Mon, 07/19/2010 - 15:35 | 477374 Jim_Rockford
Jim_Rockford's picture

The BP statement appears to me to be a statement of indisputible fact:

  1. Seepage has been detected.
  2. The source is not known at this time.
  3. There are natural seeps in the GOM.

The fact that Geo Wash and some others might be disapointed that BP is not going to commit ritual seppuku, is not sufficient to make something from nothing.

Mon, 07/19/2010 - 16:44 | 477536 carbonmutant
carbonmutant's picture

Sounds pretty definitive to me.

HOUSTON, Tex. (WTAQ) - BP says its broken oil well has nothing to do with the oil seeping from the bed of the Gulf of Mexico about two miles away.  A BP spokesman says scientists have concluded the seep is a natural occurrence.  BP and government officials have been keeping a very careful and cautious eye on the capped well, looking for evidence that might indicate the well might not be able to handle the pressure and develop a leak somewhere else.

http://www.wtaq.com/news/articles/2010/jul/19/bp-oil-seep-not-linked-bro...

 

Mon, 07/19/2010 - 15:55 | 477425 CD
CD's picture

Semantically, you are entirely correct. Also please estimate the percentage (2 decimal points, please) of the viewing/reading/listening audience that will parse the sentence structure of the statement to the degree that you just did. Also please provide a rough (deciles is fine) guess as to whether the statement - worded as it was - was intended by its speaker/author to imply that BP was NOT responsible for the seeps. Following the logic you lay out in posts below -- if it is acceptable to state that there is no evidence that BP's well is connected to the seep, why is it unacceptable to suggest that there is equally no evidence that BP is NOT, and in fact may, under certain circumstances, be responsible for the alleged seep.

All this being said, the topic may well be overblown. Either the seepage is significant (and growing) or it's not. We can't see or measure it from here, the data from the parties involved is not forthcoming. BP will not (and should not) commit seppuku. Look on the bright side - we are being educated not only in communications tactics, but are also gaining a heretofore unheard of amount of knowledge about deepwater mineral exploration...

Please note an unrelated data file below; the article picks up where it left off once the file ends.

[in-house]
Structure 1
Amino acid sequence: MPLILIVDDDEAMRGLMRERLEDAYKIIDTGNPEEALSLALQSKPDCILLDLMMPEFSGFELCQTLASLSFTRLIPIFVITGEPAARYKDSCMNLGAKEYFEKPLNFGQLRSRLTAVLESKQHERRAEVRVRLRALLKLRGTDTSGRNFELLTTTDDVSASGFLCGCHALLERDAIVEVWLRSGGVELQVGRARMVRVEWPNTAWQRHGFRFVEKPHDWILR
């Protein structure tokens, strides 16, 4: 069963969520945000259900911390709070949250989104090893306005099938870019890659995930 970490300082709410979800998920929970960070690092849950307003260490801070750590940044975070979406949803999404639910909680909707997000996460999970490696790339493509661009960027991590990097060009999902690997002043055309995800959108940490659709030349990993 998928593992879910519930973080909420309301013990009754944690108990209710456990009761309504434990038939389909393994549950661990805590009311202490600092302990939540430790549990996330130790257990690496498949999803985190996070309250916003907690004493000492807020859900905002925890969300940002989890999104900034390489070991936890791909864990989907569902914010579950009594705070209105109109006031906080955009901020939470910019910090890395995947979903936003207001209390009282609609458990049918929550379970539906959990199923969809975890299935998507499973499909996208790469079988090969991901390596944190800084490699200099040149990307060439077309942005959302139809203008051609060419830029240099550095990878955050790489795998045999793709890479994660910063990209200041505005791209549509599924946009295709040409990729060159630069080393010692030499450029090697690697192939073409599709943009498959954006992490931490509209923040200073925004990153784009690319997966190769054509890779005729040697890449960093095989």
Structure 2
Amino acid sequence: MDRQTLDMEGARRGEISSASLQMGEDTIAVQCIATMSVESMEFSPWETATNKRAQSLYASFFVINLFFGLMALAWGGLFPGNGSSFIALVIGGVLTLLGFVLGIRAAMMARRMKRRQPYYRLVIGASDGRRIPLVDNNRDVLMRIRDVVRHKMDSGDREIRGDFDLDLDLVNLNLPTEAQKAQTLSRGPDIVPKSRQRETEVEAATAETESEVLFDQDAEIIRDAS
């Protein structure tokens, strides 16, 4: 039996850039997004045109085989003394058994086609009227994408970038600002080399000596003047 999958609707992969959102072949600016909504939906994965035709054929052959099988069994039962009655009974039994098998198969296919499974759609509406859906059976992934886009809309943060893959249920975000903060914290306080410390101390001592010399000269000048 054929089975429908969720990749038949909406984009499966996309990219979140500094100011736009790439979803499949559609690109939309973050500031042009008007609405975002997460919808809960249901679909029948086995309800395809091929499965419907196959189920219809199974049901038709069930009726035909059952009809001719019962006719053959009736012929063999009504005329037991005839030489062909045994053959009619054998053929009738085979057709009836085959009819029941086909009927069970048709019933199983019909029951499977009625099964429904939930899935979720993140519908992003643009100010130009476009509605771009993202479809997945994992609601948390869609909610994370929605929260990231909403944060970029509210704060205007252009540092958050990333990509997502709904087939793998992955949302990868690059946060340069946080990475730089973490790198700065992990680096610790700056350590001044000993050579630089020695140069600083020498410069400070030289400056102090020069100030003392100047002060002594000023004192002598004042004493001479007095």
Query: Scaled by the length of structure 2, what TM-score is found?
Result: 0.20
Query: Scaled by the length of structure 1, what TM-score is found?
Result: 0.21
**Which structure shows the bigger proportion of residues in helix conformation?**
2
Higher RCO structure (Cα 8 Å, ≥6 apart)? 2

Mon, 07/19/2010 - 16:09 | 477455 Jim_Rockford
Jim_Rockford's picture

 Also please provide a rough (deciles is fine) guess as to whether the statement - worded as it was - was intended by its speaker/author to imply that BP was NOT responsible for the seeps.

Unlike many other posters and ZH Contributors, I have no mind reading skills.  I can only state the obvious:  BP is looking down the barrel of a multitude of lawsuits and I have no doubt they will use every opportunity to limit the scope of their liability.  DUH!  Do you think AAPL is morally superior to BP in the way they handled their antennae attenuation issues with the iPhone4?  So far, I see little difference in their defensive posture.

I agree about the learning component and am trying to learn as well as contribute.

Mon, 07/19/2010 - 16:46 | 477543 CD
CD's picture

" So far, I see little difference in their defensive posture."

BINGO! There really isn't one -- if anything, BP has exponentially higher stakes to be defensive about, thus its focus on limiting liability should be that much sharper. 

It's the way the world works. My takeaway is that perhaps we should not be content with this state of affairs. Perhaps it is possible to work towards more transparency, more accountability, less spin. Always the hopeless optimist am I... The reason why perhaps in this case it's a touchier subject is that this 'issue' affects a bit more than the self-image and convenience of a well-to-do minority of society.

 

 

 

Mon, 07/19/2010 - 14:51 | 477286 buzlightening
buzlightening's picture

Break out the body bags & corpse handling gloves!!

Mon, 07/19/2010 - 14:50 | 477283 gasmiinder
gasmiinder's picture

GW - here is a copy from the webpage of a company that consults on the interpretation of the hazard surveys.  It should give at least a feel for the level of information that is believed to be present in the data (meaning this is what they claim to be able to accomplish with the datasets):